• McBride v. Akron, 12 O.C.C. 610, 6 O.C.D. 739
  • Column of Digest: 2387, 2436, 11636, 11637, 11901, 16240[3]

The numbers after the case name refer to the case law reporters that published the decision. To read the case I need to learn which case reporters are cited as O.C.C. and O.C.D. I only need one. The court’s opinion is the same in each book. I need to know both in case only one book is available online.

The Franklin County Law Library has a list of reporter abbreviations online. Ohio C.C. [O.C.C.] is Ohio Circuit Reports (Jahn). Ohio Circuit Decisions, abbreviated Ohio Cir. Dec., must be the O.C.D. in the digest’s citation.[4]

For the citation 12 O.C.C. 610, I need volume 12 of Jahn’s Ohio Circuit Reports. The case starts on page 610. It might continue beyond page 610, but it starts there. For the citation 6 O.C.D. 739, I need volume 6, page 739, of Ohio Circuit Decisions to read the same case.

A search in Google Books for Ohio Circuit Reports Jahn led to Volume 12. The full title is Reports of Cases Argued and Determined in the Circuit Court of Ohio. The case McBride v. Akron is on pages 610 through 622. But drat, this 1894 case is about Lucius McBride who owned land north of Akron’s West Market Street, not Dennis H. McBride.

The court case tells that Lucius’ land was bordered on the west by Aqueduct Street. An open stream originally flowed under West Market Street, then along Aqueduct Street for 200 or 300 feet, where it crossed a culvert and flowed onto Lucius’ land. The city added a larger culvert and a drainpipe that exited onto Lucius’ land. Water and sewage flowed from the pipe. Lucius claimed he gave permission for the pipe to cross his land, not stop on it, which the city denied. The appeals court felt that the lower court made enough errors for Lucius to get a new trial.[5]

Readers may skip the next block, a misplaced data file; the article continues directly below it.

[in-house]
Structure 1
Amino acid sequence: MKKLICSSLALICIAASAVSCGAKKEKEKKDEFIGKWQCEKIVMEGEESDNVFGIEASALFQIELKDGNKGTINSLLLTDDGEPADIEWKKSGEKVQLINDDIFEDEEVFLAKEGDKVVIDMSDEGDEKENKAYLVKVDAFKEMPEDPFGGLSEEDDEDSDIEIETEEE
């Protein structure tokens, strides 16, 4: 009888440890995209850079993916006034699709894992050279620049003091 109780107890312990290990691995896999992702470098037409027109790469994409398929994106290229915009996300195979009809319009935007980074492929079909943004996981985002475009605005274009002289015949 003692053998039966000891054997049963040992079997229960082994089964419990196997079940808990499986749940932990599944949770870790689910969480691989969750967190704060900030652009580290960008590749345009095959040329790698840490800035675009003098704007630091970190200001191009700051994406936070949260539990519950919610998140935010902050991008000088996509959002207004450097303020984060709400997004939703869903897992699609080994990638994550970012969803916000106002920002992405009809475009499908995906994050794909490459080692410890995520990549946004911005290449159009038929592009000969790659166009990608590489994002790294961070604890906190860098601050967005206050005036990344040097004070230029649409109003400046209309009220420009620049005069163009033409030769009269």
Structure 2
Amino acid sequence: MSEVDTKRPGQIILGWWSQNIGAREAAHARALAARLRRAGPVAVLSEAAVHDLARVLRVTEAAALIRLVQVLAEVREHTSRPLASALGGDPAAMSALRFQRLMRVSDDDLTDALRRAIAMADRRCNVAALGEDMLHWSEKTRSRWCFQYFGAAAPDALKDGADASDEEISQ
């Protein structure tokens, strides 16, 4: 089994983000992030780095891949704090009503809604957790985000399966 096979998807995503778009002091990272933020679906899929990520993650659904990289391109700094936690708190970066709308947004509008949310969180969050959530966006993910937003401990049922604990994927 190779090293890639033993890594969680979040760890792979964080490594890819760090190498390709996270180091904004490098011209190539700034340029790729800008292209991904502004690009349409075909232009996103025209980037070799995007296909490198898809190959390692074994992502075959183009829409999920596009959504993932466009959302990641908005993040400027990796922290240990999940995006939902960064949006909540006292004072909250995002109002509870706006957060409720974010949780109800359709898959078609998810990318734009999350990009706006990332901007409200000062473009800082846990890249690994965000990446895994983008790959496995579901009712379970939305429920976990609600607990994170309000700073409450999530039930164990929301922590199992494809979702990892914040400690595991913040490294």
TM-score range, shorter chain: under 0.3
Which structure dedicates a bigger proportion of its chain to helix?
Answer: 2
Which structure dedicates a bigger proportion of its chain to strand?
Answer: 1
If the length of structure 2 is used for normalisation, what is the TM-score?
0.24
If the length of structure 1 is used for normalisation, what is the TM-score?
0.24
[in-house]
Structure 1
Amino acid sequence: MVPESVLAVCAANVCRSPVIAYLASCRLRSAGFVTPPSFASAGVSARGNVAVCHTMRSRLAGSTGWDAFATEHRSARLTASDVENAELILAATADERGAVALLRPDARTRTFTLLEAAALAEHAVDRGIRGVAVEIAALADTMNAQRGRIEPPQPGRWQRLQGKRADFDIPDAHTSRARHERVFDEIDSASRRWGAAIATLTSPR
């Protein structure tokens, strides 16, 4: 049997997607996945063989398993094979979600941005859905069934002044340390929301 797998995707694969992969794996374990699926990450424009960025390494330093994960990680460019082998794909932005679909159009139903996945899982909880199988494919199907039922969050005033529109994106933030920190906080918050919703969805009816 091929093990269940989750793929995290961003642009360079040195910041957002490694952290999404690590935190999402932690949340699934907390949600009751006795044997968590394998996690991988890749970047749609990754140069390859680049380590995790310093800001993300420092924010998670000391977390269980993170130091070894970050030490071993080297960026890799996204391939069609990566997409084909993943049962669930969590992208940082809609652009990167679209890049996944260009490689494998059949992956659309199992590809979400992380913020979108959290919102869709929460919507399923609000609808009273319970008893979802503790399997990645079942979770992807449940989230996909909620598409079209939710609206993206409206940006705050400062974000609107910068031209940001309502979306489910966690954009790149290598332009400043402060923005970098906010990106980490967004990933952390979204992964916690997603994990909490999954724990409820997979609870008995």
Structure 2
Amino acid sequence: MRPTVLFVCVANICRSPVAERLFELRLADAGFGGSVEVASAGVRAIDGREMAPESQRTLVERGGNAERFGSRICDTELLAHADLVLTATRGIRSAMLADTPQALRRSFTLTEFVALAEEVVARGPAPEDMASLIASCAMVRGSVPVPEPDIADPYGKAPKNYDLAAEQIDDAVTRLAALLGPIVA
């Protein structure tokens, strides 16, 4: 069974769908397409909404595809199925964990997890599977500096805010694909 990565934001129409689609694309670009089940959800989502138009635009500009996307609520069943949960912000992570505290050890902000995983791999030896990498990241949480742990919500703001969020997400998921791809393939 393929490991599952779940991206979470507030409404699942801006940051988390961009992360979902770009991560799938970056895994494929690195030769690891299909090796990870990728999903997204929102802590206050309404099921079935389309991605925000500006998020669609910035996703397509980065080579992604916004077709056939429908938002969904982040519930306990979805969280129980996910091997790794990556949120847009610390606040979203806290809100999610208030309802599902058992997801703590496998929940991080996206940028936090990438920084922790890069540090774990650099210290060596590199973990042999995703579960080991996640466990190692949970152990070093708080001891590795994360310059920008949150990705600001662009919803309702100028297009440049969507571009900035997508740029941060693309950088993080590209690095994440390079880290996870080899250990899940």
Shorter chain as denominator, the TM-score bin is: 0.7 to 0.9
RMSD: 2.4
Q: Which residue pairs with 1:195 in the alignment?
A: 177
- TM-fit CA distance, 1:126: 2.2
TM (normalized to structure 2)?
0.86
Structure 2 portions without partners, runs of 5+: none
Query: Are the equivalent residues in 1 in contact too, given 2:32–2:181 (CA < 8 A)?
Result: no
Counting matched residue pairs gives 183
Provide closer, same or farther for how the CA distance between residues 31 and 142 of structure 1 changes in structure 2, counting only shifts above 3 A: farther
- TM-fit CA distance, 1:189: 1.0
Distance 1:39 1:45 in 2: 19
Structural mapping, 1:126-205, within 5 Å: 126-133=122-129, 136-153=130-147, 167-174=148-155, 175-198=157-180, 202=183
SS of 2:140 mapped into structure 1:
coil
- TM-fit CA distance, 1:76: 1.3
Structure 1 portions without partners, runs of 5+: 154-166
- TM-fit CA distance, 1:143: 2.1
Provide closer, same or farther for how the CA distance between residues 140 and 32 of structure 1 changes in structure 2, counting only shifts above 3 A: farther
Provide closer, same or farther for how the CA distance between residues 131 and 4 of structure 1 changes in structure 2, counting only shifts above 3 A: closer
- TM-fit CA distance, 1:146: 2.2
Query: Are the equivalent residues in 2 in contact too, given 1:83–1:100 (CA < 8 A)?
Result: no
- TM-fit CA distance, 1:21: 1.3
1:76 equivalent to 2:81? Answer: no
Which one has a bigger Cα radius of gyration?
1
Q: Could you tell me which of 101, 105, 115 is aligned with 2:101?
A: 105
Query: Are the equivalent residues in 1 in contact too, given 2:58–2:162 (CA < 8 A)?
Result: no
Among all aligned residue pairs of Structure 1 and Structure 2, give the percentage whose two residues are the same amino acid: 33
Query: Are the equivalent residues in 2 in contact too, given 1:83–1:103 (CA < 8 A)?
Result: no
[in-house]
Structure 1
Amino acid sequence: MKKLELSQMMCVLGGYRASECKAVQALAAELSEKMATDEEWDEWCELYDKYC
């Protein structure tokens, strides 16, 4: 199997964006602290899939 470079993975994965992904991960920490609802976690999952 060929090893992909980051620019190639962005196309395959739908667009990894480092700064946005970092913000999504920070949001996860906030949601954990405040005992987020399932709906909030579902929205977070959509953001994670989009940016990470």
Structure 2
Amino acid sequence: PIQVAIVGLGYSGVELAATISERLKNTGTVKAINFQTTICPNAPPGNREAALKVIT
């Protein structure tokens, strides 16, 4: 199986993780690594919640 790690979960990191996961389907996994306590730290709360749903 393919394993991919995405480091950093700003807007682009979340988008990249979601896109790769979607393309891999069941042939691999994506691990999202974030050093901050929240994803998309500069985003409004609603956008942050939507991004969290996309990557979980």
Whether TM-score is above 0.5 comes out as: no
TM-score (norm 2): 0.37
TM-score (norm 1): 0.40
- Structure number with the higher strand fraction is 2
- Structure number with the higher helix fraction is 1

The Table of Cases reviewed earlier also showed:

  • Column of Digest: 2387, 2436, 11636, 11637, 11901, 16240

Column numbers refer to legal topics that the case addressed. Page headings tell which volumes to check for column numbers. From the 1914 set, I need Volume 2 for columns 2387 and 2436, Volume 5 for columns 11636, 11637, and 11901, and Volume 7 for column 16240.[6]

I checked column 2387 in Volume 2. Column 2387 lists cases decided that mention the topic “5. Time of Giving, (b) After the Jury Has Retired.” In Lucius’ case, charges were sent to the jury after they retired. The McBride v. Akron case is cited as a court opinion that addressed the topic.[7]